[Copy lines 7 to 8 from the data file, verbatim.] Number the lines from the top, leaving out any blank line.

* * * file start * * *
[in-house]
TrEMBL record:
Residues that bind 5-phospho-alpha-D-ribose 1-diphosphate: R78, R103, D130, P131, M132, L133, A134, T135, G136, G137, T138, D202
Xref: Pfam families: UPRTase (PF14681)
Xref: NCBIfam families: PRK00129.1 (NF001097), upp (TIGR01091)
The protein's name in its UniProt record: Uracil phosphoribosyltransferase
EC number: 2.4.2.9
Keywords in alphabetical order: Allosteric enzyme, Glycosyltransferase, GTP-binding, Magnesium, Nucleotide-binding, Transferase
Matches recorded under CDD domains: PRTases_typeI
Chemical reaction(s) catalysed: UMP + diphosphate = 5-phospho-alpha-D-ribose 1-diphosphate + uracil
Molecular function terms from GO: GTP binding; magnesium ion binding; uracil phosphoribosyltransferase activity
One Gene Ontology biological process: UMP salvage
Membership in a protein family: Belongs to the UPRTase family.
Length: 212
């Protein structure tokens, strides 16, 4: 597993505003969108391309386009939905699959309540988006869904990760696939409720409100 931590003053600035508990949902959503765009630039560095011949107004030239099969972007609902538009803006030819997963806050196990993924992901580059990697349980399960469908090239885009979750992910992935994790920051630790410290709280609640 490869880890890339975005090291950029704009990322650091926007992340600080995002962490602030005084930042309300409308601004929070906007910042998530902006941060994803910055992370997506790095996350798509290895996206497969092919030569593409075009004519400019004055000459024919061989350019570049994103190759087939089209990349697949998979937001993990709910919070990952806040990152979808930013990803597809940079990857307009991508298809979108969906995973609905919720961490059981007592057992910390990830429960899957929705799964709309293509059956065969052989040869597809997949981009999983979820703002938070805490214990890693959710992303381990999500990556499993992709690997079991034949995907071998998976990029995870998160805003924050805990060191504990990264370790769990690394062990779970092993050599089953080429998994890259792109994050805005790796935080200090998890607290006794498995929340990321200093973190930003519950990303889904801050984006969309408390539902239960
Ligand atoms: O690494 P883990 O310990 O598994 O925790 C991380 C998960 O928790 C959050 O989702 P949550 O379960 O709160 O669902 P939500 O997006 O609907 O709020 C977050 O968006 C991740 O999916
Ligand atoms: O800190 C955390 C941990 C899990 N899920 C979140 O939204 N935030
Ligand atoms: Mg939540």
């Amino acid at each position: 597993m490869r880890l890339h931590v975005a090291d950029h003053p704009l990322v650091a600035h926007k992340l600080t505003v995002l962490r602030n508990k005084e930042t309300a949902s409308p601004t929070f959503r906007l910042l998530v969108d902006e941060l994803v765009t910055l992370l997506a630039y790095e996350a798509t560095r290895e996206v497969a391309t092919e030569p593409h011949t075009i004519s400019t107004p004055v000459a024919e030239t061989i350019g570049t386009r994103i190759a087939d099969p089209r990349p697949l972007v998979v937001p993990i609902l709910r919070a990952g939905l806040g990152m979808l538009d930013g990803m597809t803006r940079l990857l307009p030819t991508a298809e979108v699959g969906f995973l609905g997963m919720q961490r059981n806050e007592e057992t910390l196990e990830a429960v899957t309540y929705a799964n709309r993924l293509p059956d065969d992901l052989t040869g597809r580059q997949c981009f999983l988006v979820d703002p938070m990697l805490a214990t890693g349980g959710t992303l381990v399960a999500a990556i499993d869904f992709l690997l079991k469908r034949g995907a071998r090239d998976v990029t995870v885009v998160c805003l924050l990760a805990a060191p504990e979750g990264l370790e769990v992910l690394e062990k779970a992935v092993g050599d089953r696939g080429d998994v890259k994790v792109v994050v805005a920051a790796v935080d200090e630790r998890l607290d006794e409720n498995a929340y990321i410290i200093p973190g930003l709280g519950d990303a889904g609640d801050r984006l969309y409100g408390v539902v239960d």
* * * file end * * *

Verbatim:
EC number: 2.4.2.9
Keywords in alphabetical order: Allosteric enzyme, Glycosyltransferase, GTP-binding, Magnesium, Nucleotide-binding, Transferase